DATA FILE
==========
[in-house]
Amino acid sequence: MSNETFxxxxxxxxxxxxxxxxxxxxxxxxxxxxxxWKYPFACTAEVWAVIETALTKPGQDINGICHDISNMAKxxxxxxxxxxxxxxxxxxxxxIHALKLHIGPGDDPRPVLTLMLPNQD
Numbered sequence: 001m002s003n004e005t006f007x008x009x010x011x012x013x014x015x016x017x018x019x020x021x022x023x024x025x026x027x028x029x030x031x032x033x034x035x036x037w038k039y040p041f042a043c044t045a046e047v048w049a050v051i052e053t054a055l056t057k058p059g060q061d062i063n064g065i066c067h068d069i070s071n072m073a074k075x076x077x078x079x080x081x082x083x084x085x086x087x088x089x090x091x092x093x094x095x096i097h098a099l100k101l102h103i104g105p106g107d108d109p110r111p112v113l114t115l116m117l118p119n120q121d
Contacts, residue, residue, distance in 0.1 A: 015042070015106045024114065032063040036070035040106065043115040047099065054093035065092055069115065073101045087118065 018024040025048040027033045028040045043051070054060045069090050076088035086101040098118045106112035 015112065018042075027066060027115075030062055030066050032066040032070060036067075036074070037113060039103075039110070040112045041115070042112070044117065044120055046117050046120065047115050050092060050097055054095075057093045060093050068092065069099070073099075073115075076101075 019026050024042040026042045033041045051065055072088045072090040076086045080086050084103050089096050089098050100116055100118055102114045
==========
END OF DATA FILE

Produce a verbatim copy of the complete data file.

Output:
[in-house]
Amino acid sequence: MSNETFxxxxxxxxxxxxxxxxxxxxxxxxxxxxxxWKYPFACTAEVWAVIETALTKPGQDINGICHDISNMAKxxxxxxxxxxxxxxxxxxxxxIHALKLHIGPGDDPRPVLTLMLPNQD
Numbered sequence: 001m002s003n004e005t006f007x008x009x010x011x012x013x014x015x016x017x018x019x020x021x022x023x024x025x026x027x028x029x030x031x032x033x034x035x036x037w038k039y040p041f042a043c044t045a046e047v048w049a050v051i052e053t054a055l056t057k058p059g060q061d062i063n064g065i066c067h068d069i070s071n072m073a074k075x076x077x078x079x080x081x082x083x084x085x086x087x088x089x090x091x092x093x094x095x096i097h098a099l100k101l102h103i104g105p106g107d108d109p110r111p112v113l114t115l116m117l118p119n120q121d
Contacts, residue, residue, distance in 0.1 A: 015042070015106045024114065032063040036070035040106065043115040047099065054093035065092055069115065073101045087118065 018024040025048040027033045028040045043051070054060045069090050076088035086101040098118045106112035 015112065018042075027066060027115075030062055030066050032066040032070060036067075036074070037113060039103075039110070040112045041115070042112070044117065044120055046117050046120065047115050050092060050097055054095075057093045060093050068092065069099070073099075073115075076101075 019026050024042040026042045033041045051065055072088045072090040076086045080086050084103050089096050089098050100116055100118055102114045